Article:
FORD'S S-MAX is the most stylish seven-seater on the market.
Its chiselled good looks prove that practical people movers do not need to be boxy and ugly.
Ford has a solid history of producing successful family MPVs and the S-MAX sits above the popular B-MAX and Focus-based C-MAX. The company also offers the Galaxy which tops the range.
When the S-MAX first arrived back in 2006 it caused quite a stir and gave family customers the practicality they desired as well as an entertaining drive.
Ford stuck to that winning formula when they introduced the new model last September.
Its still handsome, practical and spacious with an upmarket feel and thankfully it is still good to drive on all types of roads.
Seven seats are standard but the rear bench is really only for children or occasional use but otherwise seating and storage space is really flexible.
With just five seats in use up to 700 litres of boot space is available and if you collapse the middle row you can increase that to an astonishing 2,200 litres.
The tailgate is wide enough to allow easy access and it is also electronically operated. In addition the low boot floor makes loading goods easy.
There's a choice of a variety of six petrol or diesel engines and this car came with the sensible 2.0-litre TDCi diesel producing 180ps. This engine provides the right blend of economy and performance for the size of vehicle.
It has enough power to get the S-MAX to 62mph in just 9.7 seconds and can take it on to 131mph if you can find anywhere legal to do it.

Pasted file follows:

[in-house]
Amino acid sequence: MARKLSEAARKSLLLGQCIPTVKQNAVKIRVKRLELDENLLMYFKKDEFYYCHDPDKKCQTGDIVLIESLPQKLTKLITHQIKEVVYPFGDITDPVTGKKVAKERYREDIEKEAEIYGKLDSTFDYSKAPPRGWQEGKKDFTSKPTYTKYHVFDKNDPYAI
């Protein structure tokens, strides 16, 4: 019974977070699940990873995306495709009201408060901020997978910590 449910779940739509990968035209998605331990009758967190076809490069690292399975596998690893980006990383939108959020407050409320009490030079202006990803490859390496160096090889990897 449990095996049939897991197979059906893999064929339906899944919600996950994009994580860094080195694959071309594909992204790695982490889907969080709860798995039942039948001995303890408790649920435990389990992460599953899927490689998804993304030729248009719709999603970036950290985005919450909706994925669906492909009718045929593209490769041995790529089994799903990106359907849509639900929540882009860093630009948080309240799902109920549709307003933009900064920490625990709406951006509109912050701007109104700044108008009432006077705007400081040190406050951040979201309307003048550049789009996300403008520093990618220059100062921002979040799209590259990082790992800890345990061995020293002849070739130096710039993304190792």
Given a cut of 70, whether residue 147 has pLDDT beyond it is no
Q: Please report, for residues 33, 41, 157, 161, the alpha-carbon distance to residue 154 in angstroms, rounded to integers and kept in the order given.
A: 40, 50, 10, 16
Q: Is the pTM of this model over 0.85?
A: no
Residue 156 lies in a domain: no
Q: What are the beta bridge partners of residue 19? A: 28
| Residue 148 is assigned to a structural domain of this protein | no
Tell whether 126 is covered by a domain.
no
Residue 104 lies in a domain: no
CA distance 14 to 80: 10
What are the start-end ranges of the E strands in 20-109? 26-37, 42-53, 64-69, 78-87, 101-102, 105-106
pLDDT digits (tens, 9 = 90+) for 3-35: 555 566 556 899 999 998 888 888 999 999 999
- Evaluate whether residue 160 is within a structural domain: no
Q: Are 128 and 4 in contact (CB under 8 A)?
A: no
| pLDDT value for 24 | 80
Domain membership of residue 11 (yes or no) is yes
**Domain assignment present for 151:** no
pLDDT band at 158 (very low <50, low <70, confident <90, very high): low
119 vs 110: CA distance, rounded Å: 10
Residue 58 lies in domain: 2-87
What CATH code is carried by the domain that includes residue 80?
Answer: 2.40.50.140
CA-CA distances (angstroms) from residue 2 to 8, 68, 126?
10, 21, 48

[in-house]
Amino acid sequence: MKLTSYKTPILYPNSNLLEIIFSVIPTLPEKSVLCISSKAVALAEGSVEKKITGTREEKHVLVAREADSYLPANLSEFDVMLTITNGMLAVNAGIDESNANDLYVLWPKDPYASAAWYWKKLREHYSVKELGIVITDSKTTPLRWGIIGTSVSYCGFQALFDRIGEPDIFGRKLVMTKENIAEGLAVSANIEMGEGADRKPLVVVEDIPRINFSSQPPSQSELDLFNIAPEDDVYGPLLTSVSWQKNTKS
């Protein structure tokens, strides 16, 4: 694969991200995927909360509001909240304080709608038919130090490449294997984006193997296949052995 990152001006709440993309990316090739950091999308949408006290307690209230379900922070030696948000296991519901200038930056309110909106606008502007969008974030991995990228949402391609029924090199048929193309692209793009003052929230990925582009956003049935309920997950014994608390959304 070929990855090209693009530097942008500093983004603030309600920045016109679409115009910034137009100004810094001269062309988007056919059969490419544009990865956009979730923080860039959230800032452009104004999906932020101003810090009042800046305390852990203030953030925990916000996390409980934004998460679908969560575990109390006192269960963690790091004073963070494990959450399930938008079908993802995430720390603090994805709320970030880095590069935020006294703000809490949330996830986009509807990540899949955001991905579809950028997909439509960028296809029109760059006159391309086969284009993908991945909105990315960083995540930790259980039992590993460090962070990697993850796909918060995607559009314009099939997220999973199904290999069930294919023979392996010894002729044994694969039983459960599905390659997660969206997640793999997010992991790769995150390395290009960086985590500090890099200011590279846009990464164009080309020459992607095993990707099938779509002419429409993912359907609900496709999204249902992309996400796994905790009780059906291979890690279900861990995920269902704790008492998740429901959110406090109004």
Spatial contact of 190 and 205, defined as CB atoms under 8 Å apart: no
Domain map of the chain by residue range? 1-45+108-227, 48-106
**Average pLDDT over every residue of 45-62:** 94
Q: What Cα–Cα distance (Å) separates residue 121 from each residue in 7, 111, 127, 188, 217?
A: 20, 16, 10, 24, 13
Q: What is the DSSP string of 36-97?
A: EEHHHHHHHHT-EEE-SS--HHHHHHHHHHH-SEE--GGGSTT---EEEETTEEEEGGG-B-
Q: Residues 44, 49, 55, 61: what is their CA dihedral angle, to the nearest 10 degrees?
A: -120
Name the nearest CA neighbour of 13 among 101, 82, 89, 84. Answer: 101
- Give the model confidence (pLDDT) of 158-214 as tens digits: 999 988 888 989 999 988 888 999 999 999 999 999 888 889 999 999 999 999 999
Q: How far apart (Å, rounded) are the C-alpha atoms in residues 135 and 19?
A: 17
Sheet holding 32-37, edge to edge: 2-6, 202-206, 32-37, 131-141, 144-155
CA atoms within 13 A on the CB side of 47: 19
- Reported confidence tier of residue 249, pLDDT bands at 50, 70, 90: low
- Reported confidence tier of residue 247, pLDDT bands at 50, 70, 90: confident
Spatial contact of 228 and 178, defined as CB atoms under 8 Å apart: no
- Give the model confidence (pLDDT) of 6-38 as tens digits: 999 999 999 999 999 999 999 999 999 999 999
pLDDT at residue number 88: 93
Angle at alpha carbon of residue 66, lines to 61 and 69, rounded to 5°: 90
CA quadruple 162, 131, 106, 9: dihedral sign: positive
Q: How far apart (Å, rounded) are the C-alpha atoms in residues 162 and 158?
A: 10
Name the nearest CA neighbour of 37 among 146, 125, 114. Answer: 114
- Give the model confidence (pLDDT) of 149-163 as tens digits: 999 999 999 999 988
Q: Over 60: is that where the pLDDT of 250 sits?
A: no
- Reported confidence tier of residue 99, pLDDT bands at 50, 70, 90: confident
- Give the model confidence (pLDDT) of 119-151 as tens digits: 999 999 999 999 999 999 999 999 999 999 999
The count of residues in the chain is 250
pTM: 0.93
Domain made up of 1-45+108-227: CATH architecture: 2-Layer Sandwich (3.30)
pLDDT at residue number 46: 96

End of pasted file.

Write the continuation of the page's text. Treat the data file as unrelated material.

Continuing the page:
Mated to a six-speed manual gearbox and with stop/start technology, it is also surprisingly frugal with a claimed combined mpg of 56.4. You won't get that in the real world but you will still be able to achieve decent economy.
The latest S-MAX is as sharp to drive as the last model and it feels more refined. It feels a lot like a Mondeo from behind the wheel, with very little cabin noise and a smooth, comfortable ride.
For such a big machine it is surprisingly agile and is good through corners.
The steering is neat and accurate and while it lacks the feel of the smaller C-MAX, there is bags of grip and more than you would expect from a big MPV.
And if you want even more grip a four-wheel-drive version is now available. It costs more and reduces economy, so if you don't really need it stick to the normal car.
Trim levels are familiar Ford, with Zetec, Titanium and Titanium X options. All models get alloy wheels, SYNC 2 infotainment, air conditioning, DAB radio and keyless start, while upper trim levels gain advanced technology including active lane keep assistance, automatic wipers, automatic lights and cruise control with an adaptive speed Zetecmodels come with 17-inch alloys, SYNC 2 with eight-inch touchscreen, front and rear parking sensors, emergency assistance, keyless start, Thatcham alarm, DAB radio, sports seats, power fold mirrors, MyKey, mini spare wheel, tonneau cover, Isofix attachment (second row) and an electric handbrake.
The Titanium model adds Ford DAB Audio and Navigation, privacy glass, rain sensing front wipers and automatic headlights, LED daytime running lights, keyless entry system, Lane Keeping Aid, Traffic Sign Recognition, cruise control with adjustable speed limiter and body coloured trim.
It is priced at £28,445 but prices for the range start at £24.545.
The instruments are clear and easy to read and feature a multi-function digital display which can be set to show anything from the music being played to the speed limit on the road - thanks to sensors that read road signs.